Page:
Gabriel's epiphany is a highlight, as he delivers his "last sermon" to an empty church before touchingly explaining to partner Rosita (who still has too little to do) that while he's never considered the Commonwealth home, its people led to him finding his faith again. Carol has poignant but brief chats with Ezekiel and Lydia, while Daryl grapples with his sudden parenthood and shares a heated discussion with Judith about Rick, running and responsibility. (Look out for a fun nod to Invincible, The Walking Dead author Robert Kirkman's other comic series, in Daryl's scenes with one of the show’s youngsters). 

"You were alone a lot?" Judith (Cailey Fleming) asks while quizzing Daryl on his childhood when he tells her he gets why she wants to isolate herself sometimes. "Yeah," he whispers back. It’s a quick but effective way to remind us how far Daryl has come from being the hot-headed lone wolf we met all those years ago. No one can carry this show quite like Andrew Lincoln did, but it's great seeing Norman Reedus being given the material to flex his acting muscles.

Eugene and Max in The Walking Dead season 11

(Image credit: Jace Downs/AMC)

It's frustrating to see the likes of Ross Marquand (who plays Aaron), Paola Lázaro (Princess), Lauren Ridloff (Connie), and Angel Theory (Kelly) continue to be short-changed when it comes to screen time, however. As the series finale approaches, it's expected that the characters who have been around since the beginning hog focus, but most of them are getting spin-offs beyond the last episode. The supporting characters aren't, and are just as worthy of having their stories wrapped up in a satisfying way.

As much as The Walking Dead enjoys yanking on our heartstrings, it's never without its fair share of scheming and drama – and the episode delivers on that front as well. Pamela may have thrown Lance in a jail cell, determined to see him take the fall for her family's wrongdoings, but he has his connections on the outside; Shira (AKA Fake Stephanie) and another of his lackeys still sneaking around on his behalf.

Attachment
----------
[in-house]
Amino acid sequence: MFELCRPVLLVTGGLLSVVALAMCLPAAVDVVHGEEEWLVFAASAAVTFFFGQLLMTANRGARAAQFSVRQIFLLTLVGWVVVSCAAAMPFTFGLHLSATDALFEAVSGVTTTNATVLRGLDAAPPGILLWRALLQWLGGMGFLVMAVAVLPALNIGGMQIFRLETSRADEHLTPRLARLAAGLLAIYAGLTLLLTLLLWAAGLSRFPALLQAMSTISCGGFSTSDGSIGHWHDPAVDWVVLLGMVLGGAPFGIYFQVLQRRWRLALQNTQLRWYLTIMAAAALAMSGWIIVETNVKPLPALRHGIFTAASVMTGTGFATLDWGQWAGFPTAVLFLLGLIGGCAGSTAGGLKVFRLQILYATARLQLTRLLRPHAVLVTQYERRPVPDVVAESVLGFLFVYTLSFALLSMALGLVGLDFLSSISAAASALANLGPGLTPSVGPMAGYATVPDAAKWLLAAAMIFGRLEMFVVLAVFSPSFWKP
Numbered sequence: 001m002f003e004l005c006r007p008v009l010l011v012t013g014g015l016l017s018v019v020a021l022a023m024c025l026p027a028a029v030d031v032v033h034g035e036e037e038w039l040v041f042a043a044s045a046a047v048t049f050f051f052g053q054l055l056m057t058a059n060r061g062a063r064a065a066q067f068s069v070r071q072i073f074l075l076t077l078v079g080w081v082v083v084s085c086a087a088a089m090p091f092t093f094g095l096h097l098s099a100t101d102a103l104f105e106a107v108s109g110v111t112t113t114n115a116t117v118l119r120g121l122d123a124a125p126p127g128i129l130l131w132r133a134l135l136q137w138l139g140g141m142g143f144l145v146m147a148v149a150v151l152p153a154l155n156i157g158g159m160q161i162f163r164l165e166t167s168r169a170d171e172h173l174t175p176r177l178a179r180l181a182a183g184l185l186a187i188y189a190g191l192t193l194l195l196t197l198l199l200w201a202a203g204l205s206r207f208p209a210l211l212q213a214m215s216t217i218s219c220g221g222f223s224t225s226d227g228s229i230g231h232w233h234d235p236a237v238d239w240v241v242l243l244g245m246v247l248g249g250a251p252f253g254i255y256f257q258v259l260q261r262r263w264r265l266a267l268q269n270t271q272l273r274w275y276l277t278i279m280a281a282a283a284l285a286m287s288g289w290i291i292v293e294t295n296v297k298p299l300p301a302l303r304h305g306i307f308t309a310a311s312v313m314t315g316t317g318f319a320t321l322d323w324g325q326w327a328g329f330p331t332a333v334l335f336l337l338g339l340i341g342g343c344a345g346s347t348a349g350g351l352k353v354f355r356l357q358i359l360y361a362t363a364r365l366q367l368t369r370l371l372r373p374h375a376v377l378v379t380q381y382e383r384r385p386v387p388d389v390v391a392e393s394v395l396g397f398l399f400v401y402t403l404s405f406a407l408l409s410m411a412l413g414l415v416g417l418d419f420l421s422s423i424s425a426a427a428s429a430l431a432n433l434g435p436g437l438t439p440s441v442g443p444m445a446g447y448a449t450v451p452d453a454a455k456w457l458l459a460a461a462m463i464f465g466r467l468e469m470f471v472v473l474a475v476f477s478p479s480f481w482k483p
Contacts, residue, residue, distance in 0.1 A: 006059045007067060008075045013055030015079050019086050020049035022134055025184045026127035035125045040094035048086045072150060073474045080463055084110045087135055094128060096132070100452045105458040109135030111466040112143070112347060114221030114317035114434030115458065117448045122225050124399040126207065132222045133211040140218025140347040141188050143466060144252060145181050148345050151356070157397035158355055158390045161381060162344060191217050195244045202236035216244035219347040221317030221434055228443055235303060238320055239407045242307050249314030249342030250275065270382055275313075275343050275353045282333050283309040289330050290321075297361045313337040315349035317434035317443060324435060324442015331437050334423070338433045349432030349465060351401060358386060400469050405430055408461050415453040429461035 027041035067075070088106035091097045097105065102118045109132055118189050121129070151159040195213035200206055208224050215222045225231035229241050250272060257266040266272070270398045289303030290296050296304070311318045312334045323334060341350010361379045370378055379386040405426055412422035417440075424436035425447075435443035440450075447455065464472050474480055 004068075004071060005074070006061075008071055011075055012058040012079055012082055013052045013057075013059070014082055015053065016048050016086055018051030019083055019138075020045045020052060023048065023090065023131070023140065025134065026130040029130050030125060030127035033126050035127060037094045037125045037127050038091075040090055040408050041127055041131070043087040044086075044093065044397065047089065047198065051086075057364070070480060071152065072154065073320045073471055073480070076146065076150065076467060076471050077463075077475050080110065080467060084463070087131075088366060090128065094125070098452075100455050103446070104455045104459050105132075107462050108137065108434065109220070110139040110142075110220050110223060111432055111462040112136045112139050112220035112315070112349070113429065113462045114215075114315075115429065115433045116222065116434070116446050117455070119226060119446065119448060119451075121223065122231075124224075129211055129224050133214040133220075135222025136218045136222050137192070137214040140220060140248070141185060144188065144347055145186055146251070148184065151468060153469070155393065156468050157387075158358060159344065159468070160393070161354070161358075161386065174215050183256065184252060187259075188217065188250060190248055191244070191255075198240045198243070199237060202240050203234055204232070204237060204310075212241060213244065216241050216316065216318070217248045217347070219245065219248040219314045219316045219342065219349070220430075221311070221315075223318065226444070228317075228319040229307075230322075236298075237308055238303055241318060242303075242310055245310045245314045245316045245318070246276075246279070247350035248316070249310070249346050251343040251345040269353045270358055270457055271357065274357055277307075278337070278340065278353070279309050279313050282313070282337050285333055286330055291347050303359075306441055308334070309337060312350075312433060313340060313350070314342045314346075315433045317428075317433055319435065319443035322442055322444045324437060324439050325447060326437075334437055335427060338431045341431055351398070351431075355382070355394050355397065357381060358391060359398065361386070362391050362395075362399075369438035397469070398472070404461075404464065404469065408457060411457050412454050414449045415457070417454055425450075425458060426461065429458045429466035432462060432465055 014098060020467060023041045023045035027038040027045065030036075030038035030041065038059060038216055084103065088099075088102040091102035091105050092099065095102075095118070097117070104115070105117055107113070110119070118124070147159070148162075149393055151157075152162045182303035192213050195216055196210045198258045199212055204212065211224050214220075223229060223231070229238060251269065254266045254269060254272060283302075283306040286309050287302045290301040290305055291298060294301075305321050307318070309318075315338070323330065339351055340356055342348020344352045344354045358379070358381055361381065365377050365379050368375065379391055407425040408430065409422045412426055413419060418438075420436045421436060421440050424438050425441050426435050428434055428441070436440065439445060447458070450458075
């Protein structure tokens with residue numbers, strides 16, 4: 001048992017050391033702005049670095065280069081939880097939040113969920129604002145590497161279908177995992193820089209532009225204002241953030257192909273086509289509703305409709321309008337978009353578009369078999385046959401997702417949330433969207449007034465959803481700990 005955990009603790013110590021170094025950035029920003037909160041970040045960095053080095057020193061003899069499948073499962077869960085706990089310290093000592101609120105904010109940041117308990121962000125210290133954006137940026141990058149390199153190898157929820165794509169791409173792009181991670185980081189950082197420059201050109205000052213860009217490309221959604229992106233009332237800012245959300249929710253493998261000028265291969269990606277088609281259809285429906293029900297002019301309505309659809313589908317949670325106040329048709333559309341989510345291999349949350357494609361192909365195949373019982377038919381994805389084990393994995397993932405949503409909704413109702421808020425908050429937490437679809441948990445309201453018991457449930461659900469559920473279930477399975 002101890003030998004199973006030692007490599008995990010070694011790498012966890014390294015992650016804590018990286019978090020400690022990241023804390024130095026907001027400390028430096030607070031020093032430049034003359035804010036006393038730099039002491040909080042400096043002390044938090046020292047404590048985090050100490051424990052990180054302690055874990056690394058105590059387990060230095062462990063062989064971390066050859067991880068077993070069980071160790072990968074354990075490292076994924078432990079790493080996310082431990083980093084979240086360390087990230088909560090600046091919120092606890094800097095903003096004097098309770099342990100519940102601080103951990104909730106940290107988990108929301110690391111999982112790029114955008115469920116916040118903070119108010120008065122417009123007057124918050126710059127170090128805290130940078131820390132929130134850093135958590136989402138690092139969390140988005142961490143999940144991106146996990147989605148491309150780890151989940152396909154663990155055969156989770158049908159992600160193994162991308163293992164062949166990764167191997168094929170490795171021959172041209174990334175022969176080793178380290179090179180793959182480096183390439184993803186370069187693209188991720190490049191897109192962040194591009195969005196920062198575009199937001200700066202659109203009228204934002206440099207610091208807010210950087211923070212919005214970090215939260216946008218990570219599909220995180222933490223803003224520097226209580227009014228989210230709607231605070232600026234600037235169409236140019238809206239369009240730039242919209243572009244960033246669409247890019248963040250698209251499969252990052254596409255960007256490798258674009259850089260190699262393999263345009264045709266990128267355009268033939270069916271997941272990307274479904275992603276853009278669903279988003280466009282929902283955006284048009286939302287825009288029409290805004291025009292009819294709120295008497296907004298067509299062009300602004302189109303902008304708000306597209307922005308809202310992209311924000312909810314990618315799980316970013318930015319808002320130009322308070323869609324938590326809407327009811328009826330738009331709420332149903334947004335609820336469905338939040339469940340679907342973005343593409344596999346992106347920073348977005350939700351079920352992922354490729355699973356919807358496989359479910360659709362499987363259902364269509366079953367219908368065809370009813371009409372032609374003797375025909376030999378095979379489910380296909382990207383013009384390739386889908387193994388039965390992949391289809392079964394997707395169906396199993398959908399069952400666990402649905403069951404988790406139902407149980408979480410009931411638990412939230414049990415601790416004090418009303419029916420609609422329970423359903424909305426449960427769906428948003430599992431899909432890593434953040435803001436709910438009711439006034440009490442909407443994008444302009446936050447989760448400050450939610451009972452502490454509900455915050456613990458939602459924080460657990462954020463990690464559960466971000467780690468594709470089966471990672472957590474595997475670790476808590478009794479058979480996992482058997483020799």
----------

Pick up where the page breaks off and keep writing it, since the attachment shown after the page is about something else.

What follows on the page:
Elsewhere, Max insists to an initially reluctant Eugene that she can't leave the Commonwealth without first exposing the Miltons – and the end of 'A New Deal' sees her put her money where her mouth is, as she sets Sebastian up during an address to the public. Instead of playing an old voice recording of his grandfather, President Milton, the founder of the Commonwealth, during Sebastian's speech, Max and Eugene deliberately bungle the presentation to blast out a secret tape the former took while talking with him earlier that day. "The reality is that the poor stay poor so that the rich can do whatever the hell we want. The game is rigged," he snarls in the audio. "They're just too stupid to see it." The Commonwealth has just been blown up – and look at that, no actual explosions were needed.

In true The Walking Dead style, the episode ends with our heroes once again in a perilous situation, as riots ensue and a horde of walkers "break into" the town. Next week's installment, titled 'Variant', looks set to introduce a new kind of zombie – fast-moving ones teased in the post-credits scene of The Walking Dead: World Beyond – as Pamela goes on the warpath. Here's hoping the show remembers that a mix of action and quieter moments is king.

Make sure you never miss an episode with our The Walking Dead season 11 release schedule, and check out our how to watch The Walking Dead guide if you're wanting to watch/rewatch the main series and its spin-offs.   

More info

Amy West

I am an Entertainment Writer here at GamesRadar+, covering all things TV and film across our Total Film and SFX sections. Elsewhere, my words have been published by the likes of Digital Spy, SciFiNow, PinkNews, FANDOM, Radio Times, and Total Film magazine.